According to media reports, RBS and other banks are expected to invoke an EU rule that allows bonuses of up to double an employee's salary, provided these are approved by shareholders
The European Commission installed a new limit on bankers' bonuses, which means extra pay will be capped at 200% of their salary.
The law, which comes into force from January 2014 and will apply to bonuses paid in 2015.
"At a time when families face a cost-of-living crisis and bank lending to business is falling, it cannot be right for George Osborne to approve a doubling of the bank bonus cap," said Chris Leslie MP, Labour's shadow chief secretary to the Treasury in a statement.
"It shouldn't have taken the EU to act to rein in excessive bonuses, but there has been no action from the Chancellor here in Britain."
RBS received a taxpayer funded £45bn (€54bn, $74bn) bailout in 2008 which eventually led it to be 81% owned by the government.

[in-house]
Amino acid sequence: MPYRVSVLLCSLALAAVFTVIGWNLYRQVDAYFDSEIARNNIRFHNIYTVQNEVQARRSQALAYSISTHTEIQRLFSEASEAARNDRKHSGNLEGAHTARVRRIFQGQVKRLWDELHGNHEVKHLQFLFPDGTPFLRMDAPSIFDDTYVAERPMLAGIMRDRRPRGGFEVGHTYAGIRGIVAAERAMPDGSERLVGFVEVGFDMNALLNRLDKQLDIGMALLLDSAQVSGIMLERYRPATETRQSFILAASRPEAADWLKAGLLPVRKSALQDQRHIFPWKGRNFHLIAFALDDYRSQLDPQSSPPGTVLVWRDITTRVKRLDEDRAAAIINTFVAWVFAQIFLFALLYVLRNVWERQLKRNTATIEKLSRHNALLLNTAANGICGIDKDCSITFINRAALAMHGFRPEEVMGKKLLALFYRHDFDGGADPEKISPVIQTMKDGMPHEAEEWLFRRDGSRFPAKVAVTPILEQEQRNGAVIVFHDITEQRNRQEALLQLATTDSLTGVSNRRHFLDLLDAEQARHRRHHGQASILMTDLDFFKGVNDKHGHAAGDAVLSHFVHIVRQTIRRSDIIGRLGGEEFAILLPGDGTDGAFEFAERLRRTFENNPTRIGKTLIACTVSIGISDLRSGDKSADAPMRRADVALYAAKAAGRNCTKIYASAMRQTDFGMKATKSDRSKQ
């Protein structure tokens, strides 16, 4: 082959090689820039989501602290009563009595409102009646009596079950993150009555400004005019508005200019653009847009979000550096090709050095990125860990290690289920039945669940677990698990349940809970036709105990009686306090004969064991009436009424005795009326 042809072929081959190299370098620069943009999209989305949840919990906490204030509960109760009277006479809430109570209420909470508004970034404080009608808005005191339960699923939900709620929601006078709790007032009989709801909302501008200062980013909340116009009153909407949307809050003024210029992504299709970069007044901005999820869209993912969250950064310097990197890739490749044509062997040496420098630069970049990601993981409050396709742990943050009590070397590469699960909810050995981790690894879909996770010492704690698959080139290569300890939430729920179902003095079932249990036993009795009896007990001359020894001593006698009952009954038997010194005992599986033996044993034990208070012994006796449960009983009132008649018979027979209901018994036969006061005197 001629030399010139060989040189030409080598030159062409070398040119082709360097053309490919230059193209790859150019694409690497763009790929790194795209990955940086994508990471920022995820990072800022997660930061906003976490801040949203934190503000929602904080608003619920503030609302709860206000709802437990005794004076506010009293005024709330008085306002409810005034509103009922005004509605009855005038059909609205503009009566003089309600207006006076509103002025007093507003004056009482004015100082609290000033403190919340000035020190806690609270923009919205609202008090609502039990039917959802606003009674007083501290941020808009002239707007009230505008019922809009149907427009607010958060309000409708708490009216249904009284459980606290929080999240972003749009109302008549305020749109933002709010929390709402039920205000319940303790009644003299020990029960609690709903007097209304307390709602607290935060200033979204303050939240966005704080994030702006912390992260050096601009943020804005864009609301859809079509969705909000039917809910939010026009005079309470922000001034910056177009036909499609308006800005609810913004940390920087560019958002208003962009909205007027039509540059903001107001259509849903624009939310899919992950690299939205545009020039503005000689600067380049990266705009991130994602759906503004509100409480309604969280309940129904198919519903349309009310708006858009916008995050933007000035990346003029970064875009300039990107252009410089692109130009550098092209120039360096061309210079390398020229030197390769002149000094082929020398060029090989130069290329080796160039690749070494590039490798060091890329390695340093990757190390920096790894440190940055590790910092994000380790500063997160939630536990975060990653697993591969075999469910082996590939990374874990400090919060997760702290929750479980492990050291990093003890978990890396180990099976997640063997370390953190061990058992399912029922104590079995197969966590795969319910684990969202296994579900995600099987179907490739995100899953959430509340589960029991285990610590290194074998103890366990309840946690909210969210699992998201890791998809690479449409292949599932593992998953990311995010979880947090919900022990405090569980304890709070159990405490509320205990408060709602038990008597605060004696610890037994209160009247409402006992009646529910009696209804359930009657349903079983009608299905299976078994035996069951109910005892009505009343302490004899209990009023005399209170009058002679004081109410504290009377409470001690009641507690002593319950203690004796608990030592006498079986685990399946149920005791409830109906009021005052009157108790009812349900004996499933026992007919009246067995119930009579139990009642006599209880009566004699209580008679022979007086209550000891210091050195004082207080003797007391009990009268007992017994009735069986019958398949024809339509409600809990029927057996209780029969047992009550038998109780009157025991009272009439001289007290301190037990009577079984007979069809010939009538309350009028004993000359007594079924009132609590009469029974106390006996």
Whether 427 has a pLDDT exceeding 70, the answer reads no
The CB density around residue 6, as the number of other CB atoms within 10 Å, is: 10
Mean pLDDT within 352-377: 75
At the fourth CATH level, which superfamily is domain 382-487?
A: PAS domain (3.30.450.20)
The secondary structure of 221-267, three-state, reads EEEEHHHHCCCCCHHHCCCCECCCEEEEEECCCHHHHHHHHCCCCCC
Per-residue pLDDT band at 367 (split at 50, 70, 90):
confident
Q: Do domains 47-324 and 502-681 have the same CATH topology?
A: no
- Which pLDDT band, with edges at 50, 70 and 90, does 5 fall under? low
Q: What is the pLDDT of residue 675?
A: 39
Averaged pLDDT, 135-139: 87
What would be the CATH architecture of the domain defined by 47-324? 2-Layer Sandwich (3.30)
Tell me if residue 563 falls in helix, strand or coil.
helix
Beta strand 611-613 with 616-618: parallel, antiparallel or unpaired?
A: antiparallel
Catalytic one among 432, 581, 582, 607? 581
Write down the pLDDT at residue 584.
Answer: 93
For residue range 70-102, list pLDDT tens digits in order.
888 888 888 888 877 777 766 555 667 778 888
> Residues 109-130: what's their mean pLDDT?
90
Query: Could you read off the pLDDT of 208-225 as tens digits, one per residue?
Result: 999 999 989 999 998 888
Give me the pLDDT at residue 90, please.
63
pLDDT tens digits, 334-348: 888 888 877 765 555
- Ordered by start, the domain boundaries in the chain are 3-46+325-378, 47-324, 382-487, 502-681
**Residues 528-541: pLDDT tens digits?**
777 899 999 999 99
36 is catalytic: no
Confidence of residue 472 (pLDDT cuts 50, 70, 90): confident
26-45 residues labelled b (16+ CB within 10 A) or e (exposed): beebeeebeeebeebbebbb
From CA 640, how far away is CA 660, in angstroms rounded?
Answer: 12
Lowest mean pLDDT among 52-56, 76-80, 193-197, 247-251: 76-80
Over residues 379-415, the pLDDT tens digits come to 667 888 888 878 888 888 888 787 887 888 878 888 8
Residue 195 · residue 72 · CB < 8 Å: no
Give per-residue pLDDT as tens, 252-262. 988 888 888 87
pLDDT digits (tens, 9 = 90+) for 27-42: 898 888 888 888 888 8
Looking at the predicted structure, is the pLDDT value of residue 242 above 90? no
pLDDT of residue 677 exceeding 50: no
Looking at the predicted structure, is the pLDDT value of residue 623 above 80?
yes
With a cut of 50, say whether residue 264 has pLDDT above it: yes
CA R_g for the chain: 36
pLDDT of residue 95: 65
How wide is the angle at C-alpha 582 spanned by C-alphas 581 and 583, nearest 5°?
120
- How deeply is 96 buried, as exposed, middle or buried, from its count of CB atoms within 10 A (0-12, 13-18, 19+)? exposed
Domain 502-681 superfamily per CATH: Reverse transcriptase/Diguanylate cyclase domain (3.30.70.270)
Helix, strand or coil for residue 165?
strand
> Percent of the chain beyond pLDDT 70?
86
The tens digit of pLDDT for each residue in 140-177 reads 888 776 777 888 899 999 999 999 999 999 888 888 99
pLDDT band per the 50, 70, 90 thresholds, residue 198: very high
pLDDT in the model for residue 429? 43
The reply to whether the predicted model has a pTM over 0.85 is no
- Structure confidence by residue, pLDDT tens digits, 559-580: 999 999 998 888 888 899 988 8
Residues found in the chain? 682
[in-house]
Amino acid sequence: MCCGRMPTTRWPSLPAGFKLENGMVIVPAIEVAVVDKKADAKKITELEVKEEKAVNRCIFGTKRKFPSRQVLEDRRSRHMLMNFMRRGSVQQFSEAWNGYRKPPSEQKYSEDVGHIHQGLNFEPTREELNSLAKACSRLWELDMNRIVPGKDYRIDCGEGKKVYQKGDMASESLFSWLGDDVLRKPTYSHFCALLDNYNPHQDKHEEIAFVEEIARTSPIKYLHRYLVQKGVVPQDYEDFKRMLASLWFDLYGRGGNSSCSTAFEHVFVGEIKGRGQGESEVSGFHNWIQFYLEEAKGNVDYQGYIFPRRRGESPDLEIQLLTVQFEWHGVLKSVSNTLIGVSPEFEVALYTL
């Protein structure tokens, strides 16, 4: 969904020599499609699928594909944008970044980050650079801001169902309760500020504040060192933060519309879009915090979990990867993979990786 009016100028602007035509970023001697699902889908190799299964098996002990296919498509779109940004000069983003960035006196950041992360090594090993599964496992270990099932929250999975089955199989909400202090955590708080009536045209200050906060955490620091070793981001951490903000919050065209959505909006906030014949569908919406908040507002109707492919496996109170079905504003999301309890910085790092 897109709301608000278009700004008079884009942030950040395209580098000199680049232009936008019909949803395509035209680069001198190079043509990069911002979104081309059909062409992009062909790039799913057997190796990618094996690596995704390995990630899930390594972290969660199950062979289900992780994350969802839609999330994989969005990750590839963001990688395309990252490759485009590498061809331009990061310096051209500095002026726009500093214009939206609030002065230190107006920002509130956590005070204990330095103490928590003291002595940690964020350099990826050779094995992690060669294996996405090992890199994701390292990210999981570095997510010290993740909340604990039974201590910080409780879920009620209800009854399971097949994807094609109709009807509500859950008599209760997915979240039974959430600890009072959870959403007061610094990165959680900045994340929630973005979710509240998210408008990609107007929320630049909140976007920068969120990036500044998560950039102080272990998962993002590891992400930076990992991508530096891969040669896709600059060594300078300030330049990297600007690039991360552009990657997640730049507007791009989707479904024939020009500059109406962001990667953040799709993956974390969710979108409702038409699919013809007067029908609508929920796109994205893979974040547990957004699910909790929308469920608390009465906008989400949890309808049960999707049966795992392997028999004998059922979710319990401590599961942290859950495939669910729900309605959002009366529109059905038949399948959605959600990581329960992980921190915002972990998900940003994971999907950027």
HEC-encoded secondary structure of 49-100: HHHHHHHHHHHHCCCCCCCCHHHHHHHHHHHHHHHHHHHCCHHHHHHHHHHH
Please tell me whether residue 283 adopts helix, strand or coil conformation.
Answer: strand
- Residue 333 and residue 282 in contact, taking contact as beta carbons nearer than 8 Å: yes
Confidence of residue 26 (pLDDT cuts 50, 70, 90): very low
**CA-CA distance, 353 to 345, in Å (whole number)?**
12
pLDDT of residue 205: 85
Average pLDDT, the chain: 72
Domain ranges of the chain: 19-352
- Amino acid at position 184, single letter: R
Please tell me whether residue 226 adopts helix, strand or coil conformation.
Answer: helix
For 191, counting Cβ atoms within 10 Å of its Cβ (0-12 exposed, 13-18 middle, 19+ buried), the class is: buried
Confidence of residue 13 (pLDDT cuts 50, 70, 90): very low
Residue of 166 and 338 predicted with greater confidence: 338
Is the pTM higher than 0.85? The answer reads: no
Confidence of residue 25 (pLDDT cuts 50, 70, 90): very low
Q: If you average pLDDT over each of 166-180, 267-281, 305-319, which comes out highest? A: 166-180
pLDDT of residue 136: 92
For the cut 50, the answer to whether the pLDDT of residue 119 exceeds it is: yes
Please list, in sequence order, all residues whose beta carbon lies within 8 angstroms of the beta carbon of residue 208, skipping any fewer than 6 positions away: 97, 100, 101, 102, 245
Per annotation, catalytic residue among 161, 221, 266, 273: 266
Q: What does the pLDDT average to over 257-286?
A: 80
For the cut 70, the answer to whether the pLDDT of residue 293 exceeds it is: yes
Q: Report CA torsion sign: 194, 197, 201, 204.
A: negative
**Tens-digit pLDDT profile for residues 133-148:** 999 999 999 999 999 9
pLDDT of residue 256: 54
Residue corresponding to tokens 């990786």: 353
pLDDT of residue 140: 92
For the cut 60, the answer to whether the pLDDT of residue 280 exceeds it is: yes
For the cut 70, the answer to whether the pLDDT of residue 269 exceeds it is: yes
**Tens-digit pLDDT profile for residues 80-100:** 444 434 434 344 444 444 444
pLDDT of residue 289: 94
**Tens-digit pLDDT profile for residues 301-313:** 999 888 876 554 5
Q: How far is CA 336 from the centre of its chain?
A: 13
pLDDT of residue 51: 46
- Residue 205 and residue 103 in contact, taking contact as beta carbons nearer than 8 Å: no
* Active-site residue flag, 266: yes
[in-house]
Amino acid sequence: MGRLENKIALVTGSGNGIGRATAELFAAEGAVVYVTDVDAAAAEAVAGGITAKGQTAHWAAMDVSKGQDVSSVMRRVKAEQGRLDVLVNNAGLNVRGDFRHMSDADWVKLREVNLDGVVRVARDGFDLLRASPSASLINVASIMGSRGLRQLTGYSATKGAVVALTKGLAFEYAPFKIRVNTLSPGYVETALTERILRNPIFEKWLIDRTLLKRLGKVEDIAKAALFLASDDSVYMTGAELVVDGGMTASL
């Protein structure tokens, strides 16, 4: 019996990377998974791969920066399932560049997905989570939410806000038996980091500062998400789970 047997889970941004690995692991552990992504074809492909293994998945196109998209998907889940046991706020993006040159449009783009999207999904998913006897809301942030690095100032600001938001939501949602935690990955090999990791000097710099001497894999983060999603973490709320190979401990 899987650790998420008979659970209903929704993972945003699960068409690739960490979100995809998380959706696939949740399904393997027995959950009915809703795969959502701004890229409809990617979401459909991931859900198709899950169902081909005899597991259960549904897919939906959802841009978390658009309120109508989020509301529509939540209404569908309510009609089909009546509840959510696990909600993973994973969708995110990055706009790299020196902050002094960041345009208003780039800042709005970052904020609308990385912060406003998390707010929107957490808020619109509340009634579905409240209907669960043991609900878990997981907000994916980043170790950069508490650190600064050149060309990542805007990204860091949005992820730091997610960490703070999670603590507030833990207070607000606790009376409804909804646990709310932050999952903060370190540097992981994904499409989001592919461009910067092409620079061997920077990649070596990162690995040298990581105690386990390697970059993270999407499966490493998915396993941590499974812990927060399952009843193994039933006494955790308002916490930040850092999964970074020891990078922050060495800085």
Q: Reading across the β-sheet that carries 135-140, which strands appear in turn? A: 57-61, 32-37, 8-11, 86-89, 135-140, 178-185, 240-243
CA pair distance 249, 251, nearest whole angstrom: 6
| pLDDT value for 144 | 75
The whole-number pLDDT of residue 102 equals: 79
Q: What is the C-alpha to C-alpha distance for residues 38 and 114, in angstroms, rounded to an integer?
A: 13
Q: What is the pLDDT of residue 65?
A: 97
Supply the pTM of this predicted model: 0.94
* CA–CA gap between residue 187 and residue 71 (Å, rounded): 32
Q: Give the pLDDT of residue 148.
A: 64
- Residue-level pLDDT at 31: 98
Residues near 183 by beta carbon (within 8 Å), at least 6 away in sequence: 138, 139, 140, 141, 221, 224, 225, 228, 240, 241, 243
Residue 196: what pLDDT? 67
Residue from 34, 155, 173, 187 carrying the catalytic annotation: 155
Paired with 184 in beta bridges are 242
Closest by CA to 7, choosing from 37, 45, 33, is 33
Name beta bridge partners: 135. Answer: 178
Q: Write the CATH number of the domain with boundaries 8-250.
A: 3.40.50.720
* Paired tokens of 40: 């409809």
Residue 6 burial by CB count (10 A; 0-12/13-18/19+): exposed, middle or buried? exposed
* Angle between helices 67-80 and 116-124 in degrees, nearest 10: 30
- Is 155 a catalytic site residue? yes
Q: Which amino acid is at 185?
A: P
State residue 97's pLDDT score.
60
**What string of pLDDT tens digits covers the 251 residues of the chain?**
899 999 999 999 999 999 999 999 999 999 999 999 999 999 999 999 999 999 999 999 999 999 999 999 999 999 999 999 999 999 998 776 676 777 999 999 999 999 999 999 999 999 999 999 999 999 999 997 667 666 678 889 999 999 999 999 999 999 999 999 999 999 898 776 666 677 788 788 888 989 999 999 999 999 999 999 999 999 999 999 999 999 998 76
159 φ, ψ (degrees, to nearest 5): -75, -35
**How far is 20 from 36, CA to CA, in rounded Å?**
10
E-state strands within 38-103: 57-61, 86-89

RBS's bonus pool for bankers is tipped to reach £500m for 2013 despite the embattled lender being fined for Libor fixing, undergoing a major change in management, significant IT problems and a renewed crisis over its treatment of small to medium enterprises across Britain.
Reports say that a handful of executives at RBS could see their monthly wage almost double to compensate for the new European Union bonus rules.
Although basic salaries have dropped since 2008, the average annual pay per head at the markets business stands at £108,000, which is based upon pay in the first three quarters of 2013.
In 2009, RBS bankers were, on average, earning £174,000 a year.
"As the majority shareholder, the government should reject any request from RBS to increase the cap. We will put this to a vote in the House of Commons as part of our opposition day debate on the Government's wider failures on banking," said Leslie.
"The case for repeating Labour's tax on bank bonuses, to fund a compulsory jobs programme for young people, is getting stronger by the day."